Here we detail IPRT’s ten priorities for creating better and safer communities, proposals which we believe must be included in a new programme for government. IPRT proposals and recommendations are supported by solid evidence and research, referenced here.
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The most effective strategy in tackling crime is to target resources on those areas of social policy that are proven to be most sensitive to pathways of criminal behaviour. In particular, current investment in tackling drug and alcohol misuse and educational disadvantage, and in supporting primary healthcare (physical and mental) and child protection services, must be maintained. See:
Policy Statement (IPRT/Barnardos/IAYPIC): Shifting Focus: From Criminal Justice to Social Justice
Report (IPRT/Barnardos/IAYPIC): From Justice to Welfare: The Case for Investment in Prevention and Early Intervention
Our prison population has doubled since 1997 with little or no impact on rates of crime in society, and it continues to increase by up to 13% every year. This is unsustainable in light of chronic prison overcrowding and rising prison costs. Government commitment to arrest this increase and to identify means to reduce our prison population is critical. See:
The first step towards reducing our prison population is to end the over-use of imprisonment for non-violent, less serious offences through the development and extension of alternatives to imprisonment. The full implementation of the Fines Act, the enactment of the Community Service Amendment Bill, and the resourcing of these schemes must be a priority. The continued resourcing of the Drugs Court and the Cloverhill Mental Health Prison Inreach and Court Liaison Service are critical in diverting offenders to appropriate services. See:
A major factor in our increasing prison population is the large number of relatively low-level drug offenders serving long sentences. Our drugs strategy has placed heavy emphasis on mandatory and presumptive sentencing, which is proving ineffective in targeting organised crime. There is an urgent need for a review of mandatory sentencing laws in the context of an overall review of drugs policy. See:
Conditions in our older prisons are in clear violation of basic human rights standards, exposing Ireland to legal challenge at domestic and European level. The priorities for any revised prison building programme must be:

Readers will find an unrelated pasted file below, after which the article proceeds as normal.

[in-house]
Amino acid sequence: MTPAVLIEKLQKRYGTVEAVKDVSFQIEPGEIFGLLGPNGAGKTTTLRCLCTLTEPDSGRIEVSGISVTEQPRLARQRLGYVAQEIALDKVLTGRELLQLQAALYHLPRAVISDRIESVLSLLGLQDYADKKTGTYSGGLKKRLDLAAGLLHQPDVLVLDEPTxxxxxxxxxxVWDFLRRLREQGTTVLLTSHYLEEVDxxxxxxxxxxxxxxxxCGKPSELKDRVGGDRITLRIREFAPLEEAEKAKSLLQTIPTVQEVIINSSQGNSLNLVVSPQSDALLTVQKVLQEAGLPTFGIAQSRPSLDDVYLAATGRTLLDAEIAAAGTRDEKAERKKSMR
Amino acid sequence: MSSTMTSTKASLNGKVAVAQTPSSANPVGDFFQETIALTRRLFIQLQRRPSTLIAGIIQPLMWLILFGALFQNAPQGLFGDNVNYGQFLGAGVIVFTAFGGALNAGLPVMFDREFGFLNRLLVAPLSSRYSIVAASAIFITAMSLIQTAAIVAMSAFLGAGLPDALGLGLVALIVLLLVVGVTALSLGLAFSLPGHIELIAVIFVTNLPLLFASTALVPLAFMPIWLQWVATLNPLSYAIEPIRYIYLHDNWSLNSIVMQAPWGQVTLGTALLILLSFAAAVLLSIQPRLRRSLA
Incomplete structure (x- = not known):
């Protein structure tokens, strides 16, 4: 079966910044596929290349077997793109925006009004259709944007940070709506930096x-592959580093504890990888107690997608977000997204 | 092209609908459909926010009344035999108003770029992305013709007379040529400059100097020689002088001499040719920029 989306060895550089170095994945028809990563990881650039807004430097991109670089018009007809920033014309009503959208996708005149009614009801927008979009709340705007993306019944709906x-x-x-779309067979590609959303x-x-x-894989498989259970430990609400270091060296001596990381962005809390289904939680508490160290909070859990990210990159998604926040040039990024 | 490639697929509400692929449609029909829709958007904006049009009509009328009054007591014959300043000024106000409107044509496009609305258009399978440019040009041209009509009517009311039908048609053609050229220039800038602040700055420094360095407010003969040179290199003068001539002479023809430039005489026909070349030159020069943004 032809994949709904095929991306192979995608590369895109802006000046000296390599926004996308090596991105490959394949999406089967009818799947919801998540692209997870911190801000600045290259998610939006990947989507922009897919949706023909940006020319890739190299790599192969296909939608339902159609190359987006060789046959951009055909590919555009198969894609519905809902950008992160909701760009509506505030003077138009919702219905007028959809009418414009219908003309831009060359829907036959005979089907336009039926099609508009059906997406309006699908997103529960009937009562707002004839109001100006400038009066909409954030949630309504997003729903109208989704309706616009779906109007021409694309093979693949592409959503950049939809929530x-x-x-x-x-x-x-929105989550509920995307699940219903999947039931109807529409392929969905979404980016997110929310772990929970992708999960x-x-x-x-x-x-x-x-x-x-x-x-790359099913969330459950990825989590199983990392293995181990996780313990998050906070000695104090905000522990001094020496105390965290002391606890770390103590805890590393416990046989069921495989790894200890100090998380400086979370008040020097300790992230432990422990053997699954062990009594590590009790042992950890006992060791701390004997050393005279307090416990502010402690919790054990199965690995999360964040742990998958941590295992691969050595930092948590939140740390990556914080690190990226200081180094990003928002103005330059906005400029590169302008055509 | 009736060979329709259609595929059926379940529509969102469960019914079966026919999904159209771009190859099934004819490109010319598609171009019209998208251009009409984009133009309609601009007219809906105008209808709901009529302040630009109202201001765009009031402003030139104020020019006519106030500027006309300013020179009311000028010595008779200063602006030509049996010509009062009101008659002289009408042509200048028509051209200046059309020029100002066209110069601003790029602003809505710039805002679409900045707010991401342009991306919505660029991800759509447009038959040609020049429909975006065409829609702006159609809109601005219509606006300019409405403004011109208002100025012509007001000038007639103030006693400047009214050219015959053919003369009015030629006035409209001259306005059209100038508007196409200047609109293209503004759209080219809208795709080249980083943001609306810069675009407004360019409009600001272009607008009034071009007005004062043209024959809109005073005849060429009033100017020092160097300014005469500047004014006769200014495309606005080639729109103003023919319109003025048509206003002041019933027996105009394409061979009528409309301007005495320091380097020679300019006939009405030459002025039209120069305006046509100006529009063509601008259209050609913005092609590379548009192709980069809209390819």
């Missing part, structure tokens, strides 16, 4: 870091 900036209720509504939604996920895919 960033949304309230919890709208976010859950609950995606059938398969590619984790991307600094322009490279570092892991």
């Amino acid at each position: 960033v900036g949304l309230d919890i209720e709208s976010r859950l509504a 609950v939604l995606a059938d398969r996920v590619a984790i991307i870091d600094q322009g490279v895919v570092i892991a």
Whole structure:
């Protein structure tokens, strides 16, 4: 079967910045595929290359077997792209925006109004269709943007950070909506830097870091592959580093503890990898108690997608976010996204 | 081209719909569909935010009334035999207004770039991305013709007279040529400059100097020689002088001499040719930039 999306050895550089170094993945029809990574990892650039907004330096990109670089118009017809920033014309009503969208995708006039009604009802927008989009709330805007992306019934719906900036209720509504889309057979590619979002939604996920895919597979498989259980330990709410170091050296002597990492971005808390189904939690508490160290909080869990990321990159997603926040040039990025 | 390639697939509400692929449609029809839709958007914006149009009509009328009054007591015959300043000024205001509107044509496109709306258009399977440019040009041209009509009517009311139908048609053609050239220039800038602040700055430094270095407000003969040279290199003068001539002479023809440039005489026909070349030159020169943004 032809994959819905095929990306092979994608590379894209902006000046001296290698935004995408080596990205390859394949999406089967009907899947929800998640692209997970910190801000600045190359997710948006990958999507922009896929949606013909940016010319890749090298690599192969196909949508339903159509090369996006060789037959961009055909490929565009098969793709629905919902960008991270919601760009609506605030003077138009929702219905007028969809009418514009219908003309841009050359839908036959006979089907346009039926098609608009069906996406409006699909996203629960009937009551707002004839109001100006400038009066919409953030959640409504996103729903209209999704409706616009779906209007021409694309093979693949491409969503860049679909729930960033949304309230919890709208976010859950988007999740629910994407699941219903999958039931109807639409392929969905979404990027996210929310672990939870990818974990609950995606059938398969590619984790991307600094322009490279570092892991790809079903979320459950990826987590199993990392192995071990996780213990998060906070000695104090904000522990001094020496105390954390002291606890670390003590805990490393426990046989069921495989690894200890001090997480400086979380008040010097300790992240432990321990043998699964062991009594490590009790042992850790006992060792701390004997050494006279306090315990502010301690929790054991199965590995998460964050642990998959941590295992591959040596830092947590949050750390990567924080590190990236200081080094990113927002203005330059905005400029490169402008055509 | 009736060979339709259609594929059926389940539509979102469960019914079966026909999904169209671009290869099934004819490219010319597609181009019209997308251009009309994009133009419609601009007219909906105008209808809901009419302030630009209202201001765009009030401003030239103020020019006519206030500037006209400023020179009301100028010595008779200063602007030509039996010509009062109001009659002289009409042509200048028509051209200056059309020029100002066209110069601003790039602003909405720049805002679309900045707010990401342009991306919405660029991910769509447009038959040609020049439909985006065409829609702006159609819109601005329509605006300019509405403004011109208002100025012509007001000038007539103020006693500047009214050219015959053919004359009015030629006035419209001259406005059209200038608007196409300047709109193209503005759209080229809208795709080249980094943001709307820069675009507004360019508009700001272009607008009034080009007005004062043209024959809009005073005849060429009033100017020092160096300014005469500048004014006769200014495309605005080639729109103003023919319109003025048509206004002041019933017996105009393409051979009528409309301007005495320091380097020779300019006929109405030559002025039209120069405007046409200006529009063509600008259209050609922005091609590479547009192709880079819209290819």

Transparency and accountability are central to any area of public life where human rights are at stake. The successful operation of the Prisons Inspection system must be complemented by an independent complaints system. This can be established either through the establishment of a prison ombudsman, or through amending or extending the remit of existing bodies. The establishment of a specific mechanism to investigate deaths in prison is also necessary. See:
The current Government has failed to deliver on its commitment to end the detention of children at St. Patrick’s Institution, which continues in violation of international human rights law. This must be addressed urgently by the construction of a child-centred detention facility for this group by a fixed date. See:
The increasing rate of imprisonment of women is a serious concern, not least because of the negative impact on families and communities. The progressive regime at the Dóchas Centre is being undermined by chronic overcrowding and conditions at Limerick Women’s Prison remain unacceptable. A strategy to develop appropriate alternatives to prison and an open prison response to women’s offending must be put in place.
A number of key practical measures will achieve a reduction in re-offending and successful resettlement:
Building on the White Paper on Crime consultation process, a comprehensive National Crime Strategy must be put in place, which prioritises crime prevention in building safer communities. This will provide a platform for greater cooperation between all state agencies responsible for crime prevention.